"The faithful with deep spiritual affection are drawn to commemorate the mysteries of divine pardon and to celebrate them devoutly. They clearly understand the supreme benefit, indeed the duty, that the People of God have to praise Divine Mercy with special prayers and, at the same time, they realize that by gratefully performing the works required and satisfying the necessary conditions, they can obtain spiritual benefits that derive from the Treasury of the Church. 'The paschal mystery is the culmination of this revealing and effecting of mercy, which is able to justify man, to restore justice in the sense of that salvific order which God willed from the beginning in man, and through man, in the world' (Encyclical Letter 'Dives in Misericordia,' n. 7).…

"Indeed, Divine Mercy knows how to pardon even the most serious sins, and in doing so it moves the faithful to perceive a supernatural, not merely psychological, sorrow for their sins so that, ever with the help of divine grace, they may make a firm resolution not to sin any more. Such spiritual dispositions undeniably follow upon the forgiveness of mortal sin when the faithful fruitfully receive the sacrament of Penance or repent of their sin with an act of perfect charity and perfect contrition, with the resolution to receive the Sacrament of Penance as soon as they can. Indeed, Our Lord Jesus Christ teaches us in the parable of the Prodigal Son that the sinner must confess his misery to God saying: 'Father, I have sinned against heaven and against you; I am no longer worthy to be called your son' (Lk 15,18-19), realizing that this is a work of God, "for [he] was dead, and is alive; he was lost, and is found" (Lk 15,32).…

"The Gospel of the Second Sunday of Easter narrates the wonderful things Christ the Lord accomplished on the day of the Resurrection during his first public appearance: 'On the evening of that day, the first day of the week, the doors being shut where the disciples were, for fear of the Jews, Jesus came and stood among them and said to them, "Peace be with you." When he said this, he showed them his hands and his side. Then the disciples were glad to see the Lord. Jesus said to them again, "Peace be with you. As the Father has sent me, even so I send you." And then he breathed on them, and said to them, "Receive the Holy Spirit. If you forgive the sins of any, they are forgiven; if you retain the sins of any, they are retained"' (Jn 20,19-23)….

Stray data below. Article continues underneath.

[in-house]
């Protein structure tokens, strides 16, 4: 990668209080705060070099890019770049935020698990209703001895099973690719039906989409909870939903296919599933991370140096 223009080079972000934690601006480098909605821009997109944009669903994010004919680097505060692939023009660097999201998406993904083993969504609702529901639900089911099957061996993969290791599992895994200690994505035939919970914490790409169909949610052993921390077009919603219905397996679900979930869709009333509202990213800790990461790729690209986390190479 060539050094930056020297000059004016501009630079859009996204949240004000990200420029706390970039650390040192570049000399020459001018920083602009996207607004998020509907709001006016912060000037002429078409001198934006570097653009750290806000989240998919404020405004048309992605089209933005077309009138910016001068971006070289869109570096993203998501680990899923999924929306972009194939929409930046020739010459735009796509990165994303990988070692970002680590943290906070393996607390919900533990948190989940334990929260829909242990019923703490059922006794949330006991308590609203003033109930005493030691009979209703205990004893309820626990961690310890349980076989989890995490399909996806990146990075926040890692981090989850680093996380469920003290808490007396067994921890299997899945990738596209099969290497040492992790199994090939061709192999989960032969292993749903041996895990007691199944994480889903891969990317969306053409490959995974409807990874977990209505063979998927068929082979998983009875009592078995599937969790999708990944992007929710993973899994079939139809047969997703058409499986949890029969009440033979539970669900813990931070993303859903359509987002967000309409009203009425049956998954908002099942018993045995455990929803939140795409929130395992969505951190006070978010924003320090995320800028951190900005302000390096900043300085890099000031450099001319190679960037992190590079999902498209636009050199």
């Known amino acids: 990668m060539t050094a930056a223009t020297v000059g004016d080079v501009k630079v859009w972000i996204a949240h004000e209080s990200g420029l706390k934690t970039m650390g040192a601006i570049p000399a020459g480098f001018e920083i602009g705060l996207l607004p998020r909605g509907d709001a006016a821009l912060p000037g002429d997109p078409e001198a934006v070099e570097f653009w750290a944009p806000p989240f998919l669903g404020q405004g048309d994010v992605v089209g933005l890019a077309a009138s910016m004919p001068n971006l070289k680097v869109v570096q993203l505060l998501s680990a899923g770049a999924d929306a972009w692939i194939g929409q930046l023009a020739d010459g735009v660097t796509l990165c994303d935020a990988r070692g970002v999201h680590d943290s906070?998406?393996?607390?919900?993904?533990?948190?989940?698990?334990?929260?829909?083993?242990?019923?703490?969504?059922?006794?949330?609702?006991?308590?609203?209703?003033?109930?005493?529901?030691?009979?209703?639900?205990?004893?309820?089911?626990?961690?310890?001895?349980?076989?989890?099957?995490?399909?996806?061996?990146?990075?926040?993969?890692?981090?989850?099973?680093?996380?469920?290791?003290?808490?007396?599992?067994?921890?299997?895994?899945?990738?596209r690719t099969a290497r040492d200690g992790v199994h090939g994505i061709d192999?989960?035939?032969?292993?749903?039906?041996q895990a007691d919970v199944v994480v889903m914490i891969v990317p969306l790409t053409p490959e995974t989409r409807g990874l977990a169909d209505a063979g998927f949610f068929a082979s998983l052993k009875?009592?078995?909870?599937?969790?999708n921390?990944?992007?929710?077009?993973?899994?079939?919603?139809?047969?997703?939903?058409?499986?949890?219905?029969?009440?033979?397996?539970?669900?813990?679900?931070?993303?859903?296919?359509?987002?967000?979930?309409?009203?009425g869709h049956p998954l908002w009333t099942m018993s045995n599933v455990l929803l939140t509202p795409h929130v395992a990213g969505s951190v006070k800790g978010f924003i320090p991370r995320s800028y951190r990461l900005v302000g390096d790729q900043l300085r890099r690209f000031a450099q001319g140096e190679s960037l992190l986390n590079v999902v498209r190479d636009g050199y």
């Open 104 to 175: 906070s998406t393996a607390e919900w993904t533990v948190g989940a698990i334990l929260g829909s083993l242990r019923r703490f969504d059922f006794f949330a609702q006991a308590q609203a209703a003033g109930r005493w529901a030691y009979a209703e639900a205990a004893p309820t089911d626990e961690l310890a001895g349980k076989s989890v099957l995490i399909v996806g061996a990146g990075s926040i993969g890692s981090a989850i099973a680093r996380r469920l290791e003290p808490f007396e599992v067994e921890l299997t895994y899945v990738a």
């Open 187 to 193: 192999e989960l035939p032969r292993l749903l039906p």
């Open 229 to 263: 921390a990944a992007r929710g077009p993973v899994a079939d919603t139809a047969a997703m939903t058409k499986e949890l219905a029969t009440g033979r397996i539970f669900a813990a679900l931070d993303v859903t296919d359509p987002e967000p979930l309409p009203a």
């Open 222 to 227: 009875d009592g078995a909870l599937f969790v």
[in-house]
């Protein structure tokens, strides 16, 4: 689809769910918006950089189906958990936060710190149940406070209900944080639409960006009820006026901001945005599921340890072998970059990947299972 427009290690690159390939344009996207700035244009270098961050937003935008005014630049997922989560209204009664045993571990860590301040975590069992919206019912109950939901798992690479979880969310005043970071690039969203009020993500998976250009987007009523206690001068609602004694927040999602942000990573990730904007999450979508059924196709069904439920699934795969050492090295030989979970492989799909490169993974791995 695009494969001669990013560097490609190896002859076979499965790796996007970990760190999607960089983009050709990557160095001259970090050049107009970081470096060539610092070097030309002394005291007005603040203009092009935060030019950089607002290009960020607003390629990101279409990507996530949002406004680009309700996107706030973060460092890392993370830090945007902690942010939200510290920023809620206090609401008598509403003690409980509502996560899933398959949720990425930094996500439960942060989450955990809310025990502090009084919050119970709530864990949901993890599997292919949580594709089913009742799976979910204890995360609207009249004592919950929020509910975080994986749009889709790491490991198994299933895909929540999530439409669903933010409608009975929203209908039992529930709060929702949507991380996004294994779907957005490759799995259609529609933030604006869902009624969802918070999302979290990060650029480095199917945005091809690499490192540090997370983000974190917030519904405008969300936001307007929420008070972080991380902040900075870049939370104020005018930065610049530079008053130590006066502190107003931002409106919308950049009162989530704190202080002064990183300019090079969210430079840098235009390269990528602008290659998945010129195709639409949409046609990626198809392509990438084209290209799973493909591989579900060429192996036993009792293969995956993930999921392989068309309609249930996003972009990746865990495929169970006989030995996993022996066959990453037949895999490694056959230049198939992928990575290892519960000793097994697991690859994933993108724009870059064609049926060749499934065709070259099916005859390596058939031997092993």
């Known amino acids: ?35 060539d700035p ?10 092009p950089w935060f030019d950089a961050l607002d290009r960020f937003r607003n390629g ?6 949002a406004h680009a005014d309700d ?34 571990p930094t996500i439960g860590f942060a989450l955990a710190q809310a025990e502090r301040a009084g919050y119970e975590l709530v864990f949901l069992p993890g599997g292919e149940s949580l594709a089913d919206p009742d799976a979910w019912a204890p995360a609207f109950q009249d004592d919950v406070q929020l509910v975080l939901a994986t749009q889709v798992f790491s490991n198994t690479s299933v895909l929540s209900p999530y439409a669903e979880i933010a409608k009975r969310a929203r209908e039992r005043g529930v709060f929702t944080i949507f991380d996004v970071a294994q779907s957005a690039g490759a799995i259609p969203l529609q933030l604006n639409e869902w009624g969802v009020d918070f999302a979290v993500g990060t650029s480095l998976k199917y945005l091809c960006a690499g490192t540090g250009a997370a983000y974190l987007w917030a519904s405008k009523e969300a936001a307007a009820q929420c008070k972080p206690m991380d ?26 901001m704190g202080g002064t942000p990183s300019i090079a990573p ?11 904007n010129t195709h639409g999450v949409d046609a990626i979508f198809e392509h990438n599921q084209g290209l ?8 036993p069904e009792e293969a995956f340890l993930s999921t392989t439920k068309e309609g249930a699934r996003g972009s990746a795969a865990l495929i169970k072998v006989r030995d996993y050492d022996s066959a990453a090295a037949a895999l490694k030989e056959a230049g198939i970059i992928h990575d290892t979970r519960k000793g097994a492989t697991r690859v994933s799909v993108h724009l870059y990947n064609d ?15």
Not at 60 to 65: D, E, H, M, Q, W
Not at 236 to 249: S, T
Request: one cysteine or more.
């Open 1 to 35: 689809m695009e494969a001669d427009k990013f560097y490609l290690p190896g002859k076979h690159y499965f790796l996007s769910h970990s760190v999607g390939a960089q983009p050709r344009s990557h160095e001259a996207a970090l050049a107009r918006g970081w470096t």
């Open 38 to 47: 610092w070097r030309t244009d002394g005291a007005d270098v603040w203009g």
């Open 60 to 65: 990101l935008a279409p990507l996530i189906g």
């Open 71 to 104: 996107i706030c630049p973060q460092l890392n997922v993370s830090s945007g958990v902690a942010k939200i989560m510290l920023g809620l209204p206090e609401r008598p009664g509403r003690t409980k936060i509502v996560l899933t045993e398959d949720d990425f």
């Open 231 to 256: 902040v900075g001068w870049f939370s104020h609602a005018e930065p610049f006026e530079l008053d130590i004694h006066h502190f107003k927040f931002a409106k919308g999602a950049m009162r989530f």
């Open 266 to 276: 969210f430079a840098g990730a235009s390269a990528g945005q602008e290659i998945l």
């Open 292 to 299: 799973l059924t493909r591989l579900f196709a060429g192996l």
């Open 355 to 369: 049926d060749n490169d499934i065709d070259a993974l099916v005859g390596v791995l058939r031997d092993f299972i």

"To ensure that the faithful would observe this day with intense devotion, the Supreme Pontiff himself established that this Sunday be enriched by a plenary indulgence, as will be explained below, so that the faithful might receive in great abundance the gift of the consolation of the Holy Spirit. In this way, they can foster a growing love for God and for their neighbor, and after they have obtained God's pardon, they in turn might be persuaded to show a prompt pardon to their brothers and sisters….

"Thus the faithful will more closely conform to the spirit of the Gospel, receiving in their hearts the renewal that the Second Vatican Council explained and introduced: 'Mindful of the words of the Lord: "By this all men will know that you are my disciples, if you have love for one another" (Jn 13,35), Christians can yearn for nothing more ardently than to serve the men of this age with an ever growing generosity and success. ... It is the Father's will that we should recognize Christ our brother in the persons of all men and love them with an effective love, in word and in deed' (Pastoral Constitution, Gaudium et spes, n. 93)….

"Three conditions for the plenary indulgence

"And so the Supreme Pontiff, motivated by an ardent desire to foster in Christians this devotion to Divine Mercy as much as possible in the hope of offering great spiritual fruit to the faithful, in the Audience granted on 13 June 2002, to those Responsible for the Apostolic Penitentiary, granted the following Indulgences: